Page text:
June 20, 2018

Eye on the Trail: Graduation Ceremony in Nome

If I could be in grade school again, Trent Herbst is the teacher I’d select.  His class room is based on experiential hands on learning.  He uses Iditarod for connecting math and science to real life applications.  Over the years, Trent’s students have built his sled, constructed his snow shoes, calculated caloric needs for his dogs, portioned the dog food, planned Trent’s menu and packed drop bags.  

One year his students did a snow shoe building project.  They built one extra, very special pair and sent them with Trent to give to George Alberts, a celebrated builder of snow shoes living in the Yukon River Village of Ruby.  

Even when on the trail with a dog team, Trent is teaching.  He’s taken the Nature’s Kennel puppy team to Nome multiple years.  Through training prior to the race and in the race itself, the puppies learn the routine of long distance mushing, they learn to camp, they develop the necessary attitude for long distance, they develop trust and they get to know the trail.  

When Trent made the arch this morning and set his snow hooks, he first snacked the dogs, praised them and loved them.  He went back and pulled a small ziplock bag of rolled scrolls out of the depths of his sled.  He walked up to most but not all of the dogs and put the scroll just under one of the cross pieces at the shoulder of the harness.  It was a diploma from Herbst Academy for the dogs who had just made their first trip to Nome.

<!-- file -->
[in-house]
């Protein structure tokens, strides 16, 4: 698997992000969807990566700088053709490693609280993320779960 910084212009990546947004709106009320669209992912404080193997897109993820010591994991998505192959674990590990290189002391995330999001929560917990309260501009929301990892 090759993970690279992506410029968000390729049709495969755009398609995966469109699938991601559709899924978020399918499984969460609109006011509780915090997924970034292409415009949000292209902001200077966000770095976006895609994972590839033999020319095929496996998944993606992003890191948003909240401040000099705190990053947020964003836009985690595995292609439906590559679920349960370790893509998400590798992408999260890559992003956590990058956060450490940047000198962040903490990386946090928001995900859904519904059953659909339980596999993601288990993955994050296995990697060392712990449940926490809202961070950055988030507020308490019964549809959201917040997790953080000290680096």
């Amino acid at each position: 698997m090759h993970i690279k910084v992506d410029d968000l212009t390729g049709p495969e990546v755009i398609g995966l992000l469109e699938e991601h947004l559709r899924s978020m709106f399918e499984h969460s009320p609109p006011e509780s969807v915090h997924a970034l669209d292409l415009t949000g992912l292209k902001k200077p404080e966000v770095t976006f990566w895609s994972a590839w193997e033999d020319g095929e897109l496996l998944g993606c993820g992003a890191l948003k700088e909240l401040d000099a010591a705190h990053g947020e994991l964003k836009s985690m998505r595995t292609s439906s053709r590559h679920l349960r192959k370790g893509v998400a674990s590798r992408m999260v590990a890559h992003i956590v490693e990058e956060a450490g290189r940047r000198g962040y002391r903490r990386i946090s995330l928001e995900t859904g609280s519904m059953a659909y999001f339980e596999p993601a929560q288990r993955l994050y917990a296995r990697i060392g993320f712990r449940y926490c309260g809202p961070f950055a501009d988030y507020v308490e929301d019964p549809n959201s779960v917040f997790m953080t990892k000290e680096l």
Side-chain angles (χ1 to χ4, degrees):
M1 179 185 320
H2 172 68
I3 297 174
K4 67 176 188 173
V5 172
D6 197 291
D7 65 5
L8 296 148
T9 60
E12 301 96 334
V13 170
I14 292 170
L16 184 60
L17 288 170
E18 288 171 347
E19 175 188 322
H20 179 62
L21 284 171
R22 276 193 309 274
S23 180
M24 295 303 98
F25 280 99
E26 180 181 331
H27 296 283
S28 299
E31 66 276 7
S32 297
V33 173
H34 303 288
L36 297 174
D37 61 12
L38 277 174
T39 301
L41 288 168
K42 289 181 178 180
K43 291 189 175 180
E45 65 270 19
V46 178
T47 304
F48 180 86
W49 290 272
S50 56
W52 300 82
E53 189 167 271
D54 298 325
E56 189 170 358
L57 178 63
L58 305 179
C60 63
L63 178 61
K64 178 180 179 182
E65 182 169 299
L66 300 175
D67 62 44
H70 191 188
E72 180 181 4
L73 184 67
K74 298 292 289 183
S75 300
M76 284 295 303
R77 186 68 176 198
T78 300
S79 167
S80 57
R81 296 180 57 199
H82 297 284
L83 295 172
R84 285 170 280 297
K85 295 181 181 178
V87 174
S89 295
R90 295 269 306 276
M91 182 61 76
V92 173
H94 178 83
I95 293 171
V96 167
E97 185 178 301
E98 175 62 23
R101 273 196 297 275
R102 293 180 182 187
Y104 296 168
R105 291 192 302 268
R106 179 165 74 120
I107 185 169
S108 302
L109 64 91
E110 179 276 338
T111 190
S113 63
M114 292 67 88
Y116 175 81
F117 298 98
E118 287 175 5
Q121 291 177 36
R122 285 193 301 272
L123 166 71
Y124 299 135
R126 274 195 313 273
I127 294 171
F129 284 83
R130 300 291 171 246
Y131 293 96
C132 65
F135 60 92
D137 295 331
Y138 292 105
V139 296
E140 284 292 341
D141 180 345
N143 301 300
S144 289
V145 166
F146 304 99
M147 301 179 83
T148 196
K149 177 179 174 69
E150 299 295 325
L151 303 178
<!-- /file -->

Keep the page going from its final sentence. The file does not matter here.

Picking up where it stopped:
The pups started as immature eager youngsters and after 1,000 miles of patient love and coaching they were knowledgeable mature sled dogs who’d had the chance to try and learn new things.  Some had the chance to run up front as leaders while others assumed positions further back on the line.  The experience of an easy paced well coached long distance race is the best schooling available for marathon sled dogs.    

Herbst ran his rookie Iditarod in 2006.  Iditarod XLIV marks his 8th trip to Nome.  For the most part he’s the guy who creates the foundation of knowledge for young sled dogs who’ll become racing sled dogs.  In 2011 however, he went to Nome with a racing team to learn “how” to race.  He finished in 25th place that year with a time of 10 days, 12 hours and 16 minutes.